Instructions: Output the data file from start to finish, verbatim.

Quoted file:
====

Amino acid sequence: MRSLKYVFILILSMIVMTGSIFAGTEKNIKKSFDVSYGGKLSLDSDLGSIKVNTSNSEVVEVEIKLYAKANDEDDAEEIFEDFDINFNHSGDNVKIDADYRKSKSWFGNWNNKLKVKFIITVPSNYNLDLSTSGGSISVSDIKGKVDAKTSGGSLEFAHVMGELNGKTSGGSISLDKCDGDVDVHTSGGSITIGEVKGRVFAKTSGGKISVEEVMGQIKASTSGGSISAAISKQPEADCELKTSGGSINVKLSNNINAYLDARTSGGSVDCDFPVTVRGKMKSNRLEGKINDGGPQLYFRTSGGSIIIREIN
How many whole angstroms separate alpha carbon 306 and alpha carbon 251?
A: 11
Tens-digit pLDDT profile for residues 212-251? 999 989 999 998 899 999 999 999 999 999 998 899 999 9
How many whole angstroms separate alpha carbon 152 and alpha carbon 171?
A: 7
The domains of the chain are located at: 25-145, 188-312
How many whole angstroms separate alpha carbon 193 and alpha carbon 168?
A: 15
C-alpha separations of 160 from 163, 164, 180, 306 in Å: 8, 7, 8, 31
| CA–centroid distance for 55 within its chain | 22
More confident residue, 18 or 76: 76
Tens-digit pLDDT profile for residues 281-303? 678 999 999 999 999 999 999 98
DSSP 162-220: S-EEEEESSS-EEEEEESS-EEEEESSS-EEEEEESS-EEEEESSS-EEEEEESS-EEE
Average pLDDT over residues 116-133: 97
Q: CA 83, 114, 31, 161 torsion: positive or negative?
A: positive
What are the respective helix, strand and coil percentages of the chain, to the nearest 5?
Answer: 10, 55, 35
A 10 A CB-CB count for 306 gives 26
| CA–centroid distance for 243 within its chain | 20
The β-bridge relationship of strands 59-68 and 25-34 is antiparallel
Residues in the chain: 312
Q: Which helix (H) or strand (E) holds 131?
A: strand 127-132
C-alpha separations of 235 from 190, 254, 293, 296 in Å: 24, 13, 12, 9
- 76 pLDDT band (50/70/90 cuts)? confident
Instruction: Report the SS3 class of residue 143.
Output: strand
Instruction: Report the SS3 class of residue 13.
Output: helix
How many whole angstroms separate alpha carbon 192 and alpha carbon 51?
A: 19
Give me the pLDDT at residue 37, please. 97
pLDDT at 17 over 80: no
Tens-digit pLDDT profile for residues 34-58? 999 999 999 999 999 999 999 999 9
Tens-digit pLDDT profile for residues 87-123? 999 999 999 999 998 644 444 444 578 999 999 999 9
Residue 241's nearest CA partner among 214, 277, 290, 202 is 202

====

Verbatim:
Amino acid sequence: MRSLKYVFILILSMIVMTGSIFAGTEKNIKKSFDVSYGGKLSLDSDLGSIKVNTSNSEVVEVEIKLYAKANDEDDAEEIFEDFDINFNHSGDNVKIDADYRKSKSWFGNWNNKLKVKFIITVPSNYNLDLSTSGGSISVSDIKGKVDAKTSGGSLEFAHVMGELNGKTSGGSISLDKCDGDVDVHTSGGSITIGEVKGRVFAKTSGGKISVEEVMGQIKASTSGGSISAAISKQPEADCELKTSGGSINVKLSNNINAYLDARTSGGSVDCDFPVTVRGKMKSNRLEGKINDGGPQLYFRTSGGSIIIREIN
How many whole angstroms separate alpha carbon 306 and alpha carbon 251?
A: 11
Tens-digit pLDDT profile for residues 212-251? 999 989 999 998 899 999 999 999 999 999 998 899 999 9
How many whole angstroms separate alpha carbon 152 and alpha carbon 171?
A: 7
The domains of the chain are located at: 25-145, 188-312
How many whole angstroms separate alpha carbon 193 and alpha carbon 168?
A: 15
C-alpha separations of 160 from 163, 164, 180, 306 in Å: 8, 7, 8, 31
| CA–centroid distance for 55 within its chain | 22
More confident residue, 18 or 76: 76
Tens-digit pLDDT profile for residues 281-303? 678 999 999 999 999 999 999 98
DSSP 162-220: S-EEEEESSS-EEEEEESS-EEEEESSS-EEEEEESS-EEEEESSS-EEEEEESS-EEE
Average pLDDT over residues 116-133: 97
Q: CA 83, 114, 31, 161 torsion: positive or negative?
A: positive
What are the respective helix, strand and coil percentages of the chain, to the nearest 5?
Answer: 10, 55, 35
A 10 A CB-CB count for 306 gives 26
| CA–centroid distance for 243 within its chain | 20
The β-bridge relationship of strands 59-68 and 25-34 is antiparallel
Residues in the chain: 312
Q: Which helix (H) or strand (E) holds 131?
A: strand 127-132
C-alpha separations of 235 from 190, 254, 293, 296 in Å: 24, 13, 12, 9
- 76 pLDDT band (50/70/90 cuts)? confident
Instruction: Report the SS3 class of residue 143.
Output: strand
Instruction: Report the SS3 class of residue 13.
Output: helix
How many whole angstroms separate alpha carbon 192 and alpha carbon 51?
A: 19
Give me the pLDDT at residue 37, please. 97
pLDDT at 17 over 80: no
Tens-digit pLDDT profile for residues 34-58? 999 999 999 999 999 999 999 999 9
Tens-digit pLDDT profile for residues 87-123? 999 999 999 999 998 644 444 444 578 999 999 999 9
Residue 241's nearest CA partner among 214, 277, 290, 202 is 202